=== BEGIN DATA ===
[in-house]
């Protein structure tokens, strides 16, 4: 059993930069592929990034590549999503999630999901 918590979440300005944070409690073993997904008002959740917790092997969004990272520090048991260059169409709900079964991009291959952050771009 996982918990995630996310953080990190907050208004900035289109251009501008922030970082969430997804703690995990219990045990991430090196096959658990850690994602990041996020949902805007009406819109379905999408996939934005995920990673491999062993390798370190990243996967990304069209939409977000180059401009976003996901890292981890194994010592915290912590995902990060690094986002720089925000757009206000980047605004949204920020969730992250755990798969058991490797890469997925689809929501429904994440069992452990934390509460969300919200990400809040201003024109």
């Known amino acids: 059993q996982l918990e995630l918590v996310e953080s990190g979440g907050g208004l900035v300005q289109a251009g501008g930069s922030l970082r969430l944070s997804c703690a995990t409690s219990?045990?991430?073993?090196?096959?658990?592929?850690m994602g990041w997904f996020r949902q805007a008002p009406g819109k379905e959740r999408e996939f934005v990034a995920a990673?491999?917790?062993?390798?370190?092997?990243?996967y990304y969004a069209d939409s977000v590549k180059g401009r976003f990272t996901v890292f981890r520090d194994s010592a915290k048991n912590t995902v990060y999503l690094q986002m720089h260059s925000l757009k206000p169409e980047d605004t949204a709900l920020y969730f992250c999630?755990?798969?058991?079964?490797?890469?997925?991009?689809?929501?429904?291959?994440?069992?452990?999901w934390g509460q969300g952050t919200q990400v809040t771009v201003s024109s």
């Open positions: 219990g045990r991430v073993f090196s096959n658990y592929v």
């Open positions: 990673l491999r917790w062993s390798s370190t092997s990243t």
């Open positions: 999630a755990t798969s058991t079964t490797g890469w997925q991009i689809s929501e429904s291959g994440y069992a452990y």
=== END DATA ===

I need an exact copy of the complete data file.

[in-house]
């Protein structure tokens, strides 16, 4: 059993930069592929990034590549999503999630999901 918590979440300005944070409690073993997904008002959740917790092997969004990272520090048991260059169409709900079964991009291959952050771009 996982918990995630996310953080990190907050208004900035289109251009501008922030970082969430997804703690995990219990045990991430090196096959658990850690994602990041996020949902805007009406819109379905999408996939934005995920990673491999062993390798370190990243996967990304069209939409977000180059401009976003996901890292981890194994010592915290912590995902990060690094986002720089925000757009206000980047605004949204920020969730992250755990798969058991490797890469997925689809929501429904994440069992452990934390509460969300919200990400809040201003024109």
């Known amino acids: 059993q996982l918990e995630l918590v996310e953080s990190g979440g907050g208004l900035v300005q289109a251009g501008g930069s922030l970082r969430l944070s997804c703690a995990t409690s219990?045990?991430?073993?090196?096959?658990?592929?850690m994602g990041w997904f996020r949902q805007a008002p009406g819109k379905e959740r999408e996939f934005v990034a995920a990673?491999?917790?062993?390798?370190?092997?990243?996967y990304y969004a069209d939409s977000v590549k180059g401009r976003f990272t996901v890292f981890r520090d194994s010592a915290k048991n912590t995902v990060y999503l690094q986002m720089h260059s925000l757009k206000p169409e980047d605004t949204a709900l920020y969730f992250c999630?755990?798969?058991?079964?490797?890469?997925?991009?689809?929501?429904?291959?994440?069992?452990?999901w934390g509460q969300g952050t919200q990400v809040t771009v201003s024109s």
């Open positions: 219990g045990r991430v073993f090196s096959n658990y592929v």
């Open positions: 990673l491999r917790w062993s390798s370190t092997s990243t």
């Open positions: 999630a755990t798969s058991t079964t490797g890469w997925q991009i689809s929501e429904s291959g994440y069992a452990y």